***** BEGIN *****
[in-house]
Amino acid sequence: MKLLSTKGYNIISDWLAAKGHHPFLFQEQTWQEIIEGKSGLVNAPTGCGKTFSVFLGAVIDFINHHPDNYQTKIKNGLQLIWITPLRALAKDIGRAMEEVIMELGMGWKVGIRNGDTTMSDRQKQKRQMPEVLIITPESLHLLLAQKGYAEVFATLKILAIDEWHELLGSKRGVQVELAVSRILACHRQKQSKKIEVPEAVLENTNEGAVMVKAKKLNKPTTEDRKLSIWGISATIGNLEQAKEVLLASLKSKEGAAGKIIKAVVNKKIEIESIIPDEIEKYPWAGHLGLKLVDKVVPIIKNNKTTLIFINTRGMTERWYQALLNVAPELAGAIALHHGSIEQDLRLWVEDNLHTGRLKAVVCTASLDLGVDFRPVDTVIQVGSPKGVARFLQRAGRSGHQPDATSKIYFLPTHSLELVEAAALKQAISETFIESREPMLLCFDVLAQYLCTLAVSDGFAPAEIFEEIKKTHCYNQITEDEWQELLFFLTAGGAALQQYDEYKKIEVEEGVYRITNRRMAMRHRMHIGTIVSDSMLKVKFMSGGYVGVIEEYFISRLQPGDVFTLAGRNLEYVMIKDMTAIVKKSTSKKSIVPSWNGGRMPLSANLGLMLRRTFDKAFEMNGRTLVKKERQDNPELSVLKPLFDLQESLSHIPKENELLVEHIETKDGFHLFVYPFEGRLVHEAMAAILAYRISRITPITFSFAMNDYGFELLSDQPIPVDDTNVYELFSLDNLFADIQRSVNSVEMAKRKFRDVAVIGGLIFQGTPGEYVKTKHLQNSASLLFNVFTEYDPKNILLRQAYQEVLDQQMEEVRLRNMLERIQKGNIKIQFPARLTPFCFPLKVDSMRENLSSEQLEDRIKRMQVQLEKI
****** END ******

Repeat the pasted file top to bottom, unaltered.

[in-house]
Amino acid sequence: MKLLSTKGYNIISDWLAAKGHHPFLFQEQTWQEIIEGKSGLVNAPTGCGKTFSVFLGAVIDFINHHPDNYQTKIKNGLQLIWITPLRALAKDIGRAMEEVIMELGMGWKVGIRNGDTTMSDRQKQKRQMPEVLIITPESLHLLLAQKGYAEVFATLKILAIDEWHELLGSKRGVQVELAVSRILACHRQKQSKKIEVPEAVLENTNEGAVMVKAKKLNKPTTEDRKLSIWGISATIGNLEQAKEVLLASLKSKEGAAGKIIKAVVNKKIEIESIIPDEIEKYPWAGHLGLKLVDKVVPIIKNNKTTLIFINTRGMTERWYQALLNVAPELAGAIALHHGSIEQDLRLWVEDNLHTGRLKAVVCTASLDLGVDFRPVDTVIQVGSPKGVARFLQRAGRSGHQPDATSKIYFLPTHSLELVEAAALKQAISETFIESREPMLLCFDVLAQYLCTLAVSDGFAPAEIFEEIKKTHCYNQITEDEWQELLFFLTAGGAALQQYDEYKKIEVEEGVYRITNRRMAMRHRMHIGTIVSDSMLKVKFMSGGYVGVIEEYFISRLQPGDVFTLAGRNLEYVMIKDMTAIVKKSTSKKSIVPSWNGGRMPLSANLGLMLRRTFDKAFEMNGRTLVKKERQDNPELSVLKPLFDLQESLSHIPKENELLVEHIETKDGFHLFVYPFEGRLVHEAMAAILAYRISRITPITFSFAMNDYGFELLSDQPIPVDDTNVYELFSLDNLFADIQRSVNSVEMAKRKFRDVAVIGGLIFQGTPGEYVKTKHLQNSASLLFNVFTEYDPKNILLRQAYQEVLDQQMEEVRLRNMLERIQKGNIKIQFPARLTPFCFPLKVDSMRENLSSEQLEDRIKRMQVQLEKI